Does Internet-Based Self-Help Depression Treatment Work?

Self-help strategies for depression are considered vital elements of ongoing treatment. Methods such as engaging in regular exercise, getting adequate sleep, and staying active are encouraged for people suffering various levels of depression. In recent years, email interventions have been used to deliver treatment recommendations and reminders for a variety of mental health conditions and these approaches have been shown to be effective at reducing symptoms for posttraumatic stress, anxiety, and depression.

Therefore, Amy J. Morgan of the Melbourne School of Population and Global Health at the University of Melbourne in Australia wanted to test a new email delivery method called Mood Memos. The 12-week email intervention had been previously tested on moderately depressed individuals with some success. But to date, no test had been conducted using Mood Memos on a clinically depressed sample.

Morgan recruited over 1,700 adults with all severities of depression and assigned them to either 12 weeks of Mood Memos which included biweekly email messages promoting self-help behaviors, or to a control condition that included educational emails about depression. She found that although there was a high drop-out rate, all of the participants who completed the experiment showed signs of symptom improvement. Surprisingly, however, there was little difference between the Mood Memo group and the control group.

Because many of the participants were receiving other treatments as well, such as cognitive behavioral therapy and medication, it was unclear whether this affected improvement independently from the Mood Memos. Morgan believes that although the most dramatic reductions in symptoms occurred after the first three emails, perhaps a longer trial would have shown differences in overall symptoms after the 12-week trial ended.

Furthermore, Morgan believes that the lack of outcome differences could be due to the unguided and unsupervised nature of the intervention.  She added, “Although the present intervention did not work under unguided conditions, it remains possible that it may have some effect under guided conditions.”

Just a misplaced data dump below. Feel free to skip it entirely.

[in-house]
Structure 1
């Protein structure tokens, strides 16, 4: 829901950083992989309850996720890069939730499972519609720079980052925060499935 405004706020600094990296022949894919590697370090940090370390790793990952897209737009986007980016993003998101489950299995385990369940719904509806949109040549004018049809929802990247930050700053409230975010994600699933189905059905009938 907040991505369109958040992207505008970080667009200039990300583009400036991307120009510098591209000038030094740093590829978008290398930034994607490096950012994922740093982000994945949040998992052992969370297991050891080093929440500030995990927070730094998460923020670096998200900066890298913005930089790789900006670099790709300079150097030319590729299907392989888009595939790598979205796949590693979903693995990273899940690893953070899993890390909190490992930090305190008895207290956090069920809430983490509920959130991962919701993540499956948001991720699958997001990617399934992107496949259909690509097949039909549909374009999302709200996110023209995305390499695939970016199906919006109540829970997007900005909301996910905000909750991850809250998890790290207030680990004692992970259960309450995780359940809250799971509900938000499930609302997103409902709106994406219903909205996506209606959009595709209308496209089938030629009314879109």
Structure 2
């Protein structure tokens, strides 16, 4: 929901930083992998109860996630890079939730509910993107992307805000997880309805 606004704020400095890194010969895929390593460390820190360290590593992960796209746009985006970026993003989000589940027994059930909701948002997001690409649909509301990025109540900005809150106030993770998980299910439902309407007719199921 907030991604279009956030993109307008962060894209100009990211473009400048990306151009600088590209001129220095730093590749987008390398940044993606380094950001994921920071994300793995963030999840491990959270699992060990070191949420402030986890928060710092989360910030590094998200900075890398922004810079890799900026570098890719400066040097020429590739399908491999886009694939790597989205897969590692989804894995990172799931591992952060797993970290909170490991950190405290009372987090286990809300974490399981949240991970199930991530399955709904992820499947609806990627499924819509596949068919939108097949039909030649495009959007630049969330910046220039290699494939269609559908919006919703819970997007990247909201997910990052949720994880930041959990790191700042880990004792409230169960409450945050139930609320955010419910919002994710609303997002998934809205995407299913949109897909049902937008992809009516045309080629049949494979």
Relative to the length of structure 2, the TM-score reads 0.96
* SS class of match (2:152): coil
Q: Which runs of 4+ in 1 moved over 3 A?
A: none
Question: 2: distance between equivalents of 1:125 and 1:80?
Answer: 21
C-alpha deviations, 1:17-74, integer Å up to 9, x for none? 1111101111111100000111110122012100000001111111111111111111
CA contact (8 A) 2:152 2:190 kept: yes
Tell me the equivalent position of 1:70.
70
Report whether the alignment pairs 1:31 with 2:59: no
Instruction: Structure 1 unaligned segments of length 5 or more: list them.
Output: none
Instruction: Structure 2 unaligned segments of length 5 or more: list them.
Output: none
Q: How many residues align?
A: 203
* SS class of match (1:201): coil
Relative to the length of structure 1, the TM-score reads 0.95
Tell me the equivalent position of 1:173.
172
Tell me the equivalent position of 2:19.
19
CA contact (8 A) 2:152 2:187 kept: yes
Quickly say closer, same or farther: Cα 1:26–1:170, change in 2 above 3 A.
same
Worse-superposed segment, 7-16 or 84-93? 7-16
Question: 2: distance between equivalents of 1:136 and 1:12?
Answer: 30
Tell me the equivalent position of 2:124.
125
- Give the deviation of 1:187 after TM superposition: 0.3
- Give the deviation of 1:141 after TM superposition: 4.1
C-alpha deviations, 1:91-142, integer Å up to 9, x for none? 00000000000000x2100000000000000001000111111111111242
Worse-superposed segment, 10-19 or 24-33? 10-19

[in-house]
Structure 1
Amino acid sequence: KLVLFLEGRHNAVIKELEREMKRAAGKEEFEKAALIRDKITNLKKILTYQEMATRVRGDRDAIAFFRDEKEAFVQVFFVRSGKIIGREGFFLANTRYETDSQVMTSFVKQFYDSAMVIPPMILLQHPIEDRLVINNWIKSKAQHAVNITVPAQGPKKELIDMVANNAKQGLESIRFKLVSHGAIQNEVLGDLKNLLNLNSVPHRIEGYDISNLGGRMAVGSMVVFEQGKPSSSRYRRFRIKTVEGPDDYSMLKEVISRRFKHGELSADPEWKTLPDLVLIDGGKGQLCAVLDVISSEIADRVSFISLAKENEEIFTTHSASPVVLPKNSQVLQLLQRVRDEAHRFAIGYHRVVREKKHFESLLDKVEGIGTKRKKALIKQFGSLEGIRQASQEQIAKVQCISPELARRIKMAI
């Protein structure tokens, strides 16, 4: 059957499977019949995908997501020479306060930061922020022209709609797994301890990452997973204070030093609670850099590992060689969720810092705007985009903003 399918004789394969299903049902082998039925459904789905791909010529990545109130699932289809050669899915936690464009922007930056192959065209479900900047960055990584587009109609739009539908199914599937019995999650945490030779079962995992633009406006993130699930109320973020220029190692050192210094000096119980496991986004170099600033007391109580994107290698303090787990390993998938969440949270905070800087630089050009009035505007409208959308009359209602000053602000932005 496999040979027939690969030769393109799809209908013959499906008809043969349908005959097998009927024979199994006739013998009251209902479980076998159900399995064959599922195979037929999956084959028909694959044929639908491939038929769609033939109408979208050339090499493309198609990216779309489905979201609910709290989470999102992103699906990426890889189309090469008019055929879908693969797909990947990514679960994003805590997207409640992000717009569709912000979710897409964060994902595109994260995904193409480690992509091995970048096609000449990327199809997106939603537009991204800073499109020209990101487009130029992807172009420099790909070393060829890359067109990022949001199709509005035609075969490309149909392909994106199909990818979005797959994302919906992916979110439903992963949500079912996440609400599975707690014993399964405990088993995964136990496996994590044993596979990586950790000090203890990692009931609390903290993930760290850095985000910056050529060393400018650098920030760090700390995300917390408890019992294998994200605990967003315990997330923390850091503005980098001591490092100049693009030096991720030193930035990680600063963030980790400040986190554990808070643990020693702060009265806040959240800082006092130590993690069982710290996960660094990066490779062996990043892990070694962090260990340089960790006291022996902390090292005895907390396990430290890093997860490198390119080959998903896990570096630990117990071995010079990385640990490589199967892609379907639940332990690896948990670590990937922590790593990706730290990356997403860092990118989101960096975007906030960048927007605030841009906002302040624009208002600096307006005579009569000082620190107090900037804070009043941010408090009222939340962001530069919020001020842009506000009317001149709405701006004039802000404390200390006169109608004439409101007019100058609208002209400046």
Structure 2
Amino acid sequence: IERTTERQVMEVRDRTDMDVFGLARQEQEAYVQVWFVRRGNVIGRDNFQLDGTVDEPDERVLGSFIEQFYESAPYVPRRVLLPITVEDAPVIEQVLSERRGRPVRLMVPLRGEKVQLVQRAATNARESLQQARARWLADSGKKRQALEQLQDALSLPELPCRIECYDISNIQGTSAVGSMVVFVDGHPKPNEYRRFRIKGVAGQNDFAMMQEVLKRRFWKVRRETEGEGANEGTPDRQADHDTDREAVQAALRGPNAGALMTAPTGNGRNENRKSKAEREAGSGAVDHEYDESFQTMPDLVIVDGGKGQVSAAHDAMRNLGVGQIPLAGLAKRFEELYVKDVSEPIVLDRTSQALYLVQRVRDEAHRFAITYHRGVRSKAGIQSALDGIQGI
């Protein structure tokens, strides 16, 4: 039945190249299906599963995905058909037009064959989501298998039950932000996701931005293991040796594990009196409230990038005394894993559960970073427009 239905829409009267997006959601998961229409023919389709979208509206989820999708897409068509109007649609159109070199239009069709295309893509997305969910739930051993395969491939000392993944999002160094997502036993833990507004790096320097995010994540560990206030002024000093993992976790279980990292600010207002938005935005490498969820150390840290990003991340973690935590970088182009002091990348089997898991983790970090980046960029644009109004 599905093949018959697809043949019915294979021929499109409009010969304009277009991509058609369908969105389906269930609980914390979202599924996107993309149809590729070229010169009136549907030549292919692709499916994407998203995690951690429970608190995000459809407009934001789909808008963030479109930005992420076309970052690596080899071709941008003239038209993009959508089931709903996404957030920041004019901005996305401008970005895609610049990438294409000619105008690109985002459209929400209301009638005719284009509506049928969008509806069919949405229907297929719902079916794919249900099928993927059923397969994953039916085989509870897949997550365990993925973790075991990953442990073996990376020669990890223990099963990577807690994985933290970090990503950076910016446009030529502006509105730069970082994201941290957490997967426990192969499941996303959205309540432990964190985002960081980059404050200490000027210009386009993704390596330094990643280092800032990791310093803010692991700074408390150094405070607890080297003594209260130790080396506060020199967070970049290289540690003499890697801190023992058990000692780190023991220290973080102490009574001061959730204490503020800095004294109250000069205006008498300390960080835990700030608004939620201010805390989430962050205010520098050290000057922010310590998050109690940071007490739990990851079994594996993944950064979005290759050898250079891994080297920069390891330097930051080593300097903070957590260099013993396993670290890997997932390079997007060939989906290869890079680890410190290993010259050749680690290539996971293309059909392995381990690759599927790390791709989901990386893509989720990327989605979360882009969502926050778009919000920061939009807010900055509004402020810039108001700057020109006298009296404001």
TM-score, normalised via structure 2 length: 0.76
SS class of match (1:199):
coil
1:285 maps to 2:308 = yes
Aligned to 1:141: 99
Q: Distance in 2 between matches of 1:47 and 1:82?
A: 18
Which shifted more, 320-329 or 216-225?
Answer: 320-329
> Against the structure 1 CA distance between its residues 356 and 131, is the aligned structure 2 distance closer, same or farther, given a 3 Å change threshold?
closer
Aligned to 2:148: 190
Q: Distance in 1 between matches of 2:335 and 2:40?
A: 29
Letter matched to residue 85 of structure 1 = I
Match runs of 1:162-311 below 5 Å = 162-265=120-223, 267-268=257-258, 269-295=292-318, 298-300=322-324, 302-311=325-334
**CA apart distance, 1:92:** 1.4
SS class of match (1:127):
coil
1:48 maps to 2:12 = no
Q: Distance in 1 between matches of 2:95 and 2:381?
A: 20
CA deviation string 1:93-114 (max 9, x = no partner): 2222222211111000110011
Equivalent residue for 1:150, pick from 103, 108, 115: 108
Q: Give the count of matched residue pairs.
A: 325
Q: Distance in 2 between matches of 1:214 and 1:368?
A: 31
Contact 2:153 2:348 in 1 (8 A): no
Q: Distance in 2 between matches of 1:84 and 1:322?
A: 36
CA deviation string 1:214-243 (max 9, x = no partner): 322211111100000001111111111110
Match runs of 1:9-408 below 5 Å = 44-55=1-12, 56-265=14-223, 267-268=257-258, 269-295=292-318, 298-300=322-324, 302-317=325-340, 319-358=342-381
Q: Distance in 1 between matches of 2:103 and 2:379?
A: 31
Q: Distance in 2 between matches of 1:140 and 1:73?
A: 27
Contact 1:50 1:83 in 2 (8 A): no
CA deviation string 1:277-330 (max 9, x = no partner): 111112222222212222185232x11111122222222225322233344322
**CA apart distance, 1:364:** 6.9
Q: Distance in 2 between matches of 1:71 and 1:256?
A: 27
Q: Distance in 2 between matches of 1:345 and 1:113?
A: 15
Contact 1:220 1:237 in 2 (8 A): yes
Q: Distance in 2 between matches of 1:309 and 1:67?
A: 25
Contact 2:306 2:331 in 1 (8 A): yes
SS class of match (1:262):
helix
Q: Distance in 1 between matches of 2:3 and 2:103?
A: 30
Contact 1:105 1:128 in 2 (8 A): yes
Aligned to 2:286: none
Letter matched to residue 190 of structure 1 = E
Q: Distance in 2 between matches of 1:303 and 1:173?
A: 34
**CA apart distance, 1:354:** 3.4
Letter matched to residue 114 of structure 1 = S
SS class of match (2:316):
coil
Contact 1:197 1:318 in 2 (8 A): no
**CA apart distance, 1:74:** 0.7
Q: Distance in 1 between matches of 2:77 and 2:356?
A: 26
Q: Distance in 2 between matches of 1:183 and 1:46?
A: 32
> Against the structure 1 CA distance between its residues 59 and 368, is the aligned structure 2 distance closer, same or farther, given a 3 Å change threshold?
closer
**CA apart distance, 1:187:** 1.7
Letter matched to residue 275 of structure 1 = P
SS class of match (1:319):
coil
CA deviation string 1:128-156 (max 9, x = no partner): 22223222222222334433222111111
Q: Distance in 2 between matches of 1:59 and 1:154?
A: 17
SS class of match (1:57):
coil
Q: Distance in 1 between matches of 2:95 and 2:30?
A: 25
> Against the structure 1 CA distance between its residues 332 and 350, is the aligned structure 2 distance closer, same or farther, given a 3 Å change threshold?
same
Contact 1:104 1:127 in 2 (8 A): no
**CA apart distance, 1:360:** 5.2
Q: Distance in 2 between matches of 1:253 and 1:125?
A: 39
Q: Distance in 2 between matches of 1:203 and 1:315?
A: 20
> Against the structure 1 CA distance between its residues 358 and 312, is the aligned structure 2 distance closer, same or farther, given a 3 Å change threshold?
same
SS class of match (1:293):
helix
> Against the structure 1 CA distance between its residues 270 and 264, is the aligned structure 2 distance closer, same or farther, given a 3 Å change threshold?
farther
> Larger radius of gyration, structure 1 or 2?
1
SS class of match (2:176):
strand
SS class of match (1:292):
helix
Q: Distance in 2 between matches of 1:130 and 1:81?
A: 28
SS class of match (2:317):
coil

Reference:
Morgan, A.J., Jorm, A.F., Mackinnon, A.J. (2013). Self-help for depression via e-mail: A randomized controlled trial of effects on depression and self-help behavior. PLoS ONE 8(6): e66537. doi:10.1371/journal.pone.0066537

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  • JoEllen

    JoEllen

    July 13th, 2013 at 4:50 AM

    Laughed at first when I read this because I am always thinking of my kids telling me something and I will ask them how they know and they will tell me that they saw it on the internet so it must be true. And how I always have to tell them not to trust everything that they see online. Got to thinking about this though and just how credible much of the information actually is and how something like online treatment sites, even support groups, could be a wonderful addition to someone’s treatment plan. For many it could be the only resource that they have available. I know that if they are already in treatment it would be hard to isolate whether this is making the difference or if it is because it is conjunction with something else, but it sounds good enough to recognize that at lesat for some people this could be a real bonus.

  • gabe

    gabe

    July 13th, 2013 at 11:42 AM

    I am all about ebing a go-getter and finding help for yourself if you have gotten to them point that you recognize that you need it. The worst thing that you can do is to ignore that feeling that you have that something just isn’t right. Seeking answers online could be a great first step for many people, while there will always be others who are going to find more comfort actually meeting someone face to face or even receiving meds to help with their problems. The big thing that I can take from this and that I hope that others will too is that treatment, like anything else, is never going to be a one size fits all. What helps me may not help you in the least bit. Where I amy feel afraid of symptoms that I read about online, someone else may find the same thing and feel comforted seeing that they are not alone. If it works, then it works, no matter what it is and what form that treatment and healking take.

  • DUNNE

    DUNNE

    July 13th, 2013 at 11:29 PM

    Sometimes a little push is enough to take measures that help you in the long run.Now of course this may not be enough for everybody.But for those that can follow such prompts this should be encouraged.Nothing wrong in trying something that has no side effects right?!

  • C.Powell

    C.Powell

    July 14th, 2013 at 10:16 PM

    I know for a fact that self-help wouldn’t work for me.Maybe it’s the low will power or something else but I can’t work with something like this.

    When there’s consistent guidance,things work out real well for me but trying to overcome a weakness all by myself?Not going to work.

  • kelly

    kelly

    July 15th, 2013 at 4:23 AM

    Just be careful with these pursuits.
    It helps to look to only reputable sites or to receive recommendations from sites such as this.
    I know that we don’t like to think this but there are some places that are fly by night just looking for a way to make a quick buck.
    I would hate for someone to expereince even more pain because they place their trust in the wrong venue.
    There are bound to be some great websites to offer help and on the flip side there are unfortunately going to be some bad ones too.

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